Despite the concept of domestic violence being almost universally deplored in this country, the Centers for Disease Control reported in 2000 that 1 in 4 American women will experience it in her lifetime.
The situation would seem to hold true locally. Lt. Douglas W. Brenner estimates that about one-quarter of all calls answered by the Oneonta City Police Department concern domestic violence.
We hear about the horrific lives of women in many third-world countries where they are considered chattel. The idea of a society condoning or even encouraging domestic abuse is anathema to us as we observe Domestic Violence Month.
But it has not always been so.
Take, for instance 1934’s “It Happened One Night,” one of the most beloved movies ever made, and winner of all five major Academy Awards, including Best Screenplay.
Toward the end of the movie, Clark Gable’s character, Peter Warne, is talking angrily with the father of the woman he loves, Claudette Colbert’s Ellie Andrews:
“What she needs is a guy that’d take a sock at her every day — whether it’s coming to her or not.”
The camera shows Mr. Andrews smiling approvingly as Warne continues:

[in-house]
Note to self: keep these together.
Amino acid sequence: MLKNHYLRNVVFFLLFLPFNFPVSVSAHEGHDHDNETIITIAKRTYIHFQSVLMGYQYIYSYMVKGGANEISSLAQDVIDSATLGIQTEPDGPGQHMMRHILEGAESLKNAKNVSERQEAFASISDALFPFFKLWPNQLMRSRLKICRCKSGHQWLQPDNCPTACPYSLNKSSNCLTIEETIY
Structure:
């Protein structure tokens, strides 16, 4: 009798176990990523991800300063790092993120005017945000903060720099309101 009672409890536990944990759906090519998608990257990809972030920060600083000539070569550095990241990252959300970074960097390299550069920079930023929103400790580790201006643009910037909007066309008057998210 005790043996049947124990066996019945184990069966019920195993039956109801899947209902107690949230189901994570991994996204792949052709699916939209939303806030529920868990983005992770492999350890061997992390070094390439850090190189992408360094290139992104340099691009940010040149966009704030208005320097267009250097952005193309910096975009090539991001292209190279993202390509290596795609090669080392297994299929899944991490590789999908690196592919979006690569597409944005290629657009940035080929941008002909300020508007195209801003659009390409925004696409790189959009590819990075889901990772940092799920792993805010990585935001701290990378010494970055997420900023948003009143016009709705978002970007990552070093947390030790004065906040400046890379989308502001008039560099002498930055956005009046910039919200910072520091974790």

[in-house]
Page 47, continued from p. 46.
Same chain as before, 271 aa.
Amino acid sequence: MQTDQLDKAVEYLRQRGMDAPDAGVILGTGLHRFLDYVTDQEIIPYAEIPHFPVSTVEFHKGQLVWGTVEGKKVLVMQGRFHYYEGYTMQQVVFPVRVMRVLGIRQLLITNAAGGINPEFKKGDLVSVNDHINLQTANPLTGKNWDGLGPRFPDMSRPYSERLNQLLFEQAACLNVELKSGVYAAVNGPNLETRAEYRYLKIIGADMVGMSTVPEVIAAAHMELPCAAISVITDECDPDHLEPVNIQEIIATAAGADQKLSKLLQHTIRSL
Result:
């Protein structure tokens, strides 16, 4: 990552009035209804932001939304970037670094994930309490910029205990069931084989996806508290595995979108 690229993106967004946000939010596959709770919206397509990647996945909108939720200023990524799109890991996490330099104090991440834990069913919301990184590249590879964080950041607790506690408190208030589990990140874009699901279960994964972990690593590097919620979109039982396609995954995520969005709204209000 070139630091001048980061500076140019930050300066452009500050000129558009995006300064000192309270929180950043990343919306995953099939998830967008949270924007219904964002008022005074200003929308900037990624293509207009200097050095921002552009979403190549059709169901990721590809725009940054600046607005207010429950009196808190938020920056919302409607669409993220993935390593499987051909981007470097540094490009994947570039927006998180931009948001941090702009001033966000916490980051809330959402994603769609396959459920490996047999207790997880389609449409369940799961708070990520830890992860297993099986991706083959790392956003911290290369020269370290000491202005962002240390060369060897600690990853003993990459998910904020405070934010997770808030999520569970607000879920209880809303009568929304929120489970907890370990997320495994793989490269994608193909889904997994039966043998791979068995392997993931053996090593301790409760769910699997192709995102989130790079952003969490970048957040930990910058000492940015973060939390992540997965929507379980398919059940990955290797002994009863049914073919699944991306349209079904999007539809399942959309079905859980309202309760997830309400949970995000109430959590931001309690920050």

“If you had half the brains you’re supposed to have, you’d have done it yourself — long ago.”
In 1993, that movie was picked to be preserved in the United States National Film Registry by the Library of Congress, qualifying as “culturally, historically, or aesthetically significant.”
We used to laugh at “The Honeymooners” when Jackie Gleason’s Ralph Kramden used to ball up his fist and threaten his wife, Alice.
“One of these days... POW!!! Right in the kisser!” or “BANG, ZOOM! Straight to the moon!”
Alice knew they were empty threats, and so did we, but they served to give the impression that it was within Ralph’s purview to smack Alice if he really wanted to.
There is nothing funny about domestic abuse, and popular culture continues to be part of the problem. Rap music, in particular, is frequently guilty of degrading and dehumanizing women. The same goes for the porn industry and many misogynistic Internet sites.
Opportunities for Otsego’s Violence Prevention Program is working to put an end to that sort of thinking locally by educating people about intimate partner violence. On Thursday, OFO will present “In Her Shoes,” an interactive simulation that includes scenarios from the real lives of women with abusive partners. (The event is open only to those who have registered in advance.)
Domestic violence is never OK. It’s not something that can be tolerated until it goes away, and it will never go away on its own. If you are in an abusive situation, call the OFO Victims’ Intervention Program at 432-4855.